From Cheryl, mother of Jack: I have not found any answers about sleeping. I do drink a sleepy time tea and I try to ‘turn my brain off’ going to bed and reading. Sometimes when I wake at night I’ve tried to pray for family. I usually fall asleep before I get done. Other times I just give up and get up. I do the things as if it was time to get up.

From Perry, father of Christopher:  In the weeks that followed the death of my son, my sleep habit had changed to where four hours was my norm. It wasn’t that I couldn’t sleep, it was more like I didn’t want to sleep. I remembered a speech I had heard by Adm. William McRaven on changing the world, one task at a time. I took his words to heart every morning when I woke up and made my bed. As I added more daily tasks to my list of accomplishments, I found sleep came a little easier with every passing day. Even today, almost 15 years later, I have bad days remembering things. Sleep can be hard. Even on a bad day no matter what happened at the end of the day, my bed I made myself is waiting for me. To me it is being mindful to do the little things with focus so that on the day big things happen, I am ready for them. I am not a tea drinker, but as a kind of reward on one of these hard days, I will fix myself a cup of tea. Depending on my day, I have several different teas to choose from, but each is mentally and physically relaxing to me.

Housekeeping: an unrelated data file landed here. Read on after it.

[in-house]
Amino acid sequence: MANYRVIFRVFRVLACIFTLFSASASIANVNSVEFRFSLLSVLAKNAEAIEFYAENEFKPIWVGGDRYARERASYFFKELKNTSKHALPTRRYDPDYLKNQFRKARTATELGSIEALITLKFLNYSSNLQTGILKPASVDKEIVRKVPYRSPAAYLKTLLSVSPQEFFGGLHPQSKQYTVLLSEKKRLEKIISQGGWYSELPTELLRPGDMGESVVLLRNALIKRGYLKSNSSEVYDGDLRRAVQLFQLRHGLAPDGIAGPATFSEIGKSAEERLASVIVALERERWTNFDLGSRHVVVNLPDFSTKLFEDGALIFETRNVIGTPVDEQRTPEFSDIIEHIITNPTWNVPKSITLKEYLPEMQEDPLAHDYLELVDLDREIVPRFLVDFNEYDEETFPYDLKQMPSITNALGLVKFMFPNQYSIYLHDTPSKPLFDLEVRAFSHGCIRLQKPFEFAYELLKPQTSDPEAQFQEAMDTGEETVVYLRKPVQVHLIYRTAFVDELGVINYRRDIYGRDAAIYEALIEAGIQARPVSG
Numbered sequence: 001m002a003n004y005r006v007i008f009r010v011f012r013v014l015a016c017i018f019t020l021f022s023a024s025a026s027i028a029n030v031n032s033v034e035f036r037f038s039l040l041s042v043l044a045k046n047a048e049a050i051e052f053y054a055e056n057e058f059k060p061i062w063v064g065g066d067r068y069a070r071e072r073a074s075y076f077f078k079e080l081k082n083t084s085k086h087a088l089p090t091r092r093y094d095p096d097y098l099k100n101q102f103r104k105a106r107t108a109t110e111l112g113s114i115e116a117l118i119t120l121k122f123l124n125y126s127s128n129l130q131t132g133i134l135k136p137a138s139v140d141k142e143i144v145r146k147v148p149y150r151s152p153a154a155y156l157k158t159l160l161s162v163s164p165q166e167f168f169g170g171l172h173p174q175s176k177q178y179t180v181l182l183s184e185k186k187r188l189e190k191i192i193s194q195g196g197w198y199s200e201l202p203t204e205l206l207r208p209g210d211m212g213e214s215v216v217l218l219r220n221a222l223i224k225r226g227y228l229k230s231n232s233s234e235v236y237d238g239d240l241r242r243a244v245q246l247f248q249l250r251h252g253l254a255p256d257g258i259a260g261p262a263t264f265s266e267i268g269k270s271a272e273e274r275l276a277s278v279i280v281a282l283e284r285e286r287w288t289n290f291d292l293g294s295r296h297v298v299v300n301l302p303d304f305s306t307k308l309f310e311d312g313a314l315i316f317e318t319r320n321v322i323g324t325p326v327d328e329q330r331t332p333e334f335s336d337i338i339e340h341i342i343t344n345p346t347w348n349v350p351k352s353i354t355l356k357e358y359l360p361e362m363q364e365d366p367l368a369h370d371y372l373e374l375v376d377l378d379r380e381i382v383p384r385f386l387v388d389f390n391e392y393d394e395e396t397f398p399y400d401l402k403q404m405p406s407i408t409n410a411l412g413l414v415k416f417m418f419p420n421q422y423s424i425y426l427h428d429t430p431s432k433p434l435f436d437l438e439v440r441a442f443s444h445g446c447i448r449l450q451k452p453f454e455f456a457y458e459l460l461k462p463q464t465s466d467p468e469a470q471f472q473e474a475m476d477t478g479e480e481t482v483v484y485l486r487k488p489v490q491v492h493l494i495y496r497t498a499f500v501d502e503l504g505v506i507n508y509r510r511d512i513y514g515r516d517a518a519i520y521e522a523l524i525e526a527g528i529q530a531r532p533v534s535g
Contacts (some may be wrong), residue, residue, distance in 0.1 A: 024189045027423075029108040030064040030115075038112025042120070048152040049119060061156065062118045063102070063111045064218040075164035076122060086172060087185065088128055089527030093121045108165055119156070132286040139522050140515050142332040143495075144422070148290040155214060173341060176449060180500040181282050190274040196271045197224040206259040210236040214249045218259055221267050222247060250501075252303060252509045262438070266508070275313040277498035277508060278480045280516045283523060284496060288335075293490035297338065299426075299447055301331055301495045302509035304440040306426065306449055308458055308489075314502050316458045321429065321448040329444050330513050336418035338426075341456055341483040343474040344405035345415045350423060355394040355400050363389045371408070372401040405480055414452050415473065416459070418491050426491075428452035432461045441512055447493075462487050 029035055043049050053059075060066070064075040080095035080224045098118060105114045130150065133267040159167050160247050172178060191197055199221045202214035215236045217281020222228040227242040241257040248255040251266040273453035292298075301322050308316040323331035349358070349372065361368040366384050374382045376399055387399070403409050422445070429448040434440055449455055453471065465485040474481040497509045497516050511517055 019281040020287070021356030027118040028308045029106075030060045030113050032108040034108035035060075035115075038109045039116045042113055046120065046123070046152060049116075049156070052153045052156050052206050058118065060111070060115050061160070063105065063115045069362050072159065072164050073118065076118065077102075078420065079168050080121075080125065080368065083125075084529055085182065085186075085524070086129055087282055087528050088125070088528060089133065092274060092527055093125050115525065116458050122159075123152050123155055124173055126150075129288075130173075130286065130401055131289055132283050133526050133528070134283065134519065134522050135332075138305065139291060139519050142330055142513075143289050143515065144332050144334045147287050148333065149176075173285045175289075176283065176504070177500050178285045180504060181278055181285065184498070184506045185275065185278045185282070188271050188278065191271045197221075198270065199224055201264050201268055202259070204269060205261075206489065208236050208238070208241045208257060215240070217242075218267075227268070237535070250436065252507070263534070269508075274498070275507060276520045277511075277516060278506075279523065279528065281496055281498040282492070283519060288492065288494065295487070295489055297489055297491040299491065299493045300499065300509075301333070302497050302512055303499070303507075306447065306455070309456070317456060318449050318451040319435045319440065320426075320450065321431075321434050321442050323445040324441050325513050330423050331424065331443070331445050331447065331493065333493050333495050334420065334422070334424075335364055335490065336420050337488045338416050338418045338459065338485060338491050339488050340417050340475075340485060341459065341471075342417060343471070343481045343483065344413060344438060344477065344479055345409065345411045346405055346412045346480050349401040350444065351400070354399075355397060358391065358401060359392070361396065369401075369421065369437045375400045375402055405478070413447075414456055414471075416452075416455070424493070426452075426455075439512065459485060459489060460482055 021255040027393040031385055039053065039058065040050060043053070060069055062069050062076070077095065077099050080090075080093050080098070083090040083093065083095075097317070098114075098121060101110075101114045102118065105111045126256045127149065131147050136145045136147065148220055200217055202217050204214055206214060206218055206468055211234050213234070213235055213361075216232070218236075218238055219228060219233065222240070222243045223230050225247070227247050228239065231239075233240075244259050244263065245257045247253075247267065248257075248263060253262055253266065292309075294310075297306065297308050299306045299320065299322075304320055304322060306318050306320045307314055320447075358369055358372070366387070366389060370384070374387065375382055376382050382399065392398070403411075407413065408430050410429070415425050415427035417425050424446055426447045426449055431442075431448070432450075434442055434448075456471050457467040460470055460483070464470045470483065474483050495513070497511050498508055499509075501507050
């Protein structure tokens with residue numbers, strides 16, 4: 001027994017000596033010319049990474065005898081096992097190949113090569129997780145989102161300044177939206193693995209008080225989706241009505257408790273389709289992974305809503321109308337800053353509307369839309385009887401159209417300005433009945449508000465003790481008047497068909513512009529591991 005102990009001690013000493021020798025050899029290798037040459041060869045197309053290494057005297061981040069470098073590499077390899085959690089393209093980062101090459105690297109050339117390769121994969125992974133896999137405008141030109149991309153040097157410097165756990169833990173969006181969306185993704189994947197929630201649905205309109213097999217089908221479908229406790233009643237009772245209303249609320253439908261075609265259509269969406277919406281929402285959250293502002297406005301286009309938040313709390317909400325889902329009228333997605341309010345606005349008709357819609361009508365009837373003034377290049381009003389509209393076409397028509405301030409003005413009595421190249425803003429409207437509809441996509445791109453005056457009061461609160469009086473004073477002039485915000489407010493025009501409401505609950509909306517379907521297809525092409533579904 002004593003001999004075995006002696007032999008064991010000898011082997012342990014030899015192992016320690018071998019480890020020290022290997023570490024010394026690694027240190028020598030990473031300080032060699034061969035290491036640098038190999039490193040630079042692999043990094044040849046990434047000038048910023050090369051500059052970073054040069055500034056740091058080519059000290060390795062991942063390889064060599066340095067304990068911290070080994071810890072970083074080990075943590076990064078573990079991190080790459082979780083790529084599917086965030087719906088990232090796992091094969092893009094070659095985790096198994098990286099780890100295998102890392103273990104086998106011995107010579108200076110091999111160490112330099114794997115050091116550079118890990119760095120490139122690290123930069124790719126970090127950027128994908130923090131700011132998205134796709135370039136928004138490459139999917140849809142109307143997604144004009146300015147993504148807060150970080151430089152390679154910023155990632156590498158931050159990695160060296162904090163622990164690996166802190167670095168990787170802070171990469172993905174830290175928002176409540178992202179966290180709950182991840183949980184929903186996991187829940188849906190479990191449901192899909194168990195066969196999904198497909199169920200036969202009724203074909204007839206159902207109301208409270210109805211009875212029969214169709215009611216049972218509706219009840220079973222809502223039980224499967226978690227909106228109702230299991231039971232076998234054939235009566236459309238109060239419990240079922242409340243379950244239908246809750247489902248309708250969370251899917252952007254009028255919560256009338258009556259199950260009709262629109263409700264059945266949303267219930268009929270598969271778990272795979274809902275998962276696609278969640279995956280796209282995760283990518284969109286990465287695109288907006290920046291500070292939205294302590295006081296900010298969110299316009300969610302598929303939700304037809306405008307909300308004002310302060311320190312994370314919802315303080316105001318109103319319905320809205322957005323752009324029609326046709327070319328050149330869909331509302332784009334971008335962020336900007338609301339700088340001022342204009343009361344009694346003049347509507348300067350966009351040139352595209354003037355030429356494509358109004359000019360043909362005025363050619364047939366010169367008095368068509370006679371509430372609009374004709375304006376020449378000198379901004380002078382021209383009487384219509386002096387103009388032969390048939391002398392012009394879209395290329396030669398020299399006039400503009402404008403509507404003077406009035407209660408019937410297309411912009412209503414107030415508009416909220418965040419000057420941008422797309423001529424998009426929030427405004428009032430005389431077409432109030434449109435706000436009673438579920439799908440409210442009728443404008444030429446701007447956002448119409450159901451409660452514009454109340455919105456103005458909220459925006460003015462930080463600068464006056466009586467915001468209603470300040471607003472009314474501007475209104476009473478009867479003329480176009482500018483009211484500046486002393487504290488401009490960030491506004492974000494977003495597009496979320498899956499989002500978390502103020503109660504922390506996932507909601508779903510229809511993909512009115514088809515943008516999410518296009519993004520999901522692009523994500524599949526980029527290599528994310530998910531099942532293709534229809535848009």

From Carrie, wife of William: I've had a terrible time falling and staying asleep. I find exercising late in the day helps me to be tired when bedtime comes around. This is something I didn't do previously. I used to be a late sleeper, but since my husband passed, I'm up most days by 7 a.m. Guess this is my new normal. 

From Sheryl, mother of Adam: My sleep has been deeply affected since my son's death. To help me sleep, I keep very regular bedtimes. Bed is for sleeping only and I shut off screens at least a half hour before my bedtime. 

From Samira, mother of Andres: When I cannot sleep I make a tea with the skin from an apple (believe me, it works), and pray. I also hold Andres’ pillows. This helps me when I have that sleepless night. 

From Sandra, mother of Joshua: I’ve always had sleep issues. After the death of my son, it became more difficult to sleep at night. With suggestions from my doctor and tips from the workshops at the TAPS seminars, I have tools to help me tackle my sleep issues. At the TAPS seminars I found Frank Campbell's workshop for people new to grief and the workshops on meditation extremely helpful. I open the blinds in the morning and close the blinds in the evening. Morning exercise is helpful for restful sleep at night. I love aqua jogging. I try to stop drinking all caffeinated drinks after 2 p.m. That means no tea, coffee or soda with caffeine after that time. The doctor also told me not to drink anything after 8 p.m. In addition, my room is completely black, because I have blinds and curtains. I have a rain sound on my clock, and I just recently purchased an aromatic diffuser. 

Would you like to join in the conversation with other survivors and respond to a variety of discussion topics?

Send an email to to be added to our Saturday Morning Message mailing list. Connect to your TAPS Family each week through your inbox!